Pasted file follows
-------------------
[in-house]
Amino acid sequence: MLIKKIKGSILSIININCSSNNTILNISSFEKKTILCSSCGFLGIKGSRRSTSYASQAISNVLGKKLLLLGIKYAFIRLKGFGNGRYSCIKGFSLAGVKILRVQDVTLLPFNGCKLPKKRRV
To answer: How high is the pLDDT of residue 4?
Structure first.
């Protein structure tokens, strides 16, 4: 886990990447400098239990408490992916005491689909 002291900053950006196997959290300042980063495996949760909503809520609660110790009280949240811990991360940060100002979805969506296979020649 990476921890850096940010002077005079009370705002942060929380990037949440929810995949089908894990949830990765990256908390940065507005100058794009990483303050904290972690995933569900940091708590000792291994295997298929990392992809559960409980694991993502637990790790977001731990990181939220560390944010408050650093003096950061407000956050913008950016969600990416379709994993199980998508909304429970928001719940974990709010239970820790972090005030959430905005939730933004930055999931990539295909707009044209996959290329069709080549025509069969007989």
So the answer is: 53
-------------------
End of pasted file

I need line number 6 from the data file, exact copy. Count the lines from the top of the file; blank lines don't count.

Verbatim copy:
So the answer is: 53